Hygiene and motivator factors (Herzberg) considered important by employees of a state-operated facility for adult individuals with mental retardation

Kenneth Wayne O'Neal

Abstract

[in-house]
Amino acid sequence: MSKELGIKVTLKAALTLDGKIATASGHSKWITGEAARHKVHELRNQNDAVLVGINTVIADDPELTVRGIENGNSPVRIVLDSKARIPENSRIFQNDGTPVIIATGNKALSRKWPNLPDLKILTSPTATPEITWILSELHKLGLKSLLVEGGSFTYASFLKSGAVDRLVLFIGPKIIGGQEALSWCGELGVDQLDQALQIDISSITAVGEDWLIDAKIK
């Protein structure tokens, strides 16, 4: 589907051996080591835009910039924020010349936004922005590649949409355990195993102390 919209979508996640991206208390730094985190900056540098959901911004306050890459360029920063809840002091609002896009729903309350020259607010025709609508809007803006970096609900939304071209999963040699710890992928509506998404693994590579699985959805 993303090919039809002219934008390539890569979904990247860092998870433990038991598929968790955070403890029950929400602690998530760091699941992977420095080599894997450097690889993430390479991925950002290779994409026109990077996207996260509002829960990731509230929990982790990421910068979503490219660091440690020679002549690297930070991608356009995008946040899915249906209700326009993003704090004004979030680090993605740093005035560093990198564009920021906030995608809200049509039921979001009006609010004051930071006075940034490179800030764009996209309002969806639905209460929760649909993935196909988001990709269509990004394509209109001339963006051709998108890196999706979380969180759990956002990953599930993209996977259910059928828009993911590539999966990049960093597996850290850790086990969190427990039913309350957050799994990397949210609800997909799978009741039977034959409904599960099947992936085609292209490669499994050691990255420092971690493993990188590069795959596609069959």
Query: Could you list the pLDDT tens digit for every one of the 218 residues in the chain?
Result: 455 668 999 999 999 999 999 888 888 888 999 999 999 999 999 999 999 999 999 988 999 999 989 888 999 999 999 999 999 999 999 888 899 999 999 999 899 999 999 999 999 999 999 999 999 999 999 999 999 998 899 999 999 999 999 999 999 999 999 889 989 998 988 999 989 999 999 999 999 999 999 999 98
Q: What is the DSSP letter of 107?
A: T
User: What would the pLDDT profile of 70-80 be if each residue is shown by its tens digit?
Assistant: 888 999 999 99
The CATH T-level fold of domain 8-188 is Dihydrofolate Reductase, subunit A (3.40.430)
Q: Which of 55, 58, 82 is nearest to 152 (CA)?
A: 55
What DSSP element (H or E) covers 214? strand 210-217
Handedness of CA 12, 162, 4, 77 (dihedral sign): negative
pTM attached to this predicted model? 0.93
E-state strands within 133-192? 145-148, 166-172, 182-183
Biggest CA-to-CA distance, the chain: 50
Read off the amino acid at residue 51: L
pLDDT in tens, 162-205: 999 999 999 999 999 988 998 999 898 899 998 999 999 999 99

The general purpose of this study was to identify the factors giving rise to job satisfaction and dissatisfaction considered to be important by professional and line staff at a medium sized state operated institution for the adult mentally retarded and to determine, based on this information, if there was a statistically significant difference between the groups involved based upon job classification, age, race, gender, formal education, length of employment at the facility, amount of contact with population served, job location, marital status and/or the staff persons' number of children. Additionally, the study attempted to determine the degree of independent relationships between hygiene and motivator factors and the demographic characteristics of professional and line staff employed by that entity. Data was collected via the utilization of an instrument entitled the Service Providers Work Components Study, an evolution of the Work Components Study and the Educational Work Components Study. These instruments, developed in accordance with Herzberg's "Two Factor Theory," measured employees' strength of needs for two hygiene and four motivator factors. The results of the study indicated significant relationships between the demographic characteristics of the population studied and the four motivator factors addressing potential for personal challenge and development, competitiveness desirability and reward of success, tolerance for work pressure, and willingness to seek reward in spite of uncertainty vs. avoidance of uncertainty. Additionally, a significant relationship existed between the independent variables and the hygiene factor addressing surround concern. Finally, significant independent relationships were found to exist between the independent variables and motivator and hygiene factors noted. It is hoped that this study shall provide useful information to the providers of services to the developmentally disabled, and assist these organizations in the provision of the highest level of care possible.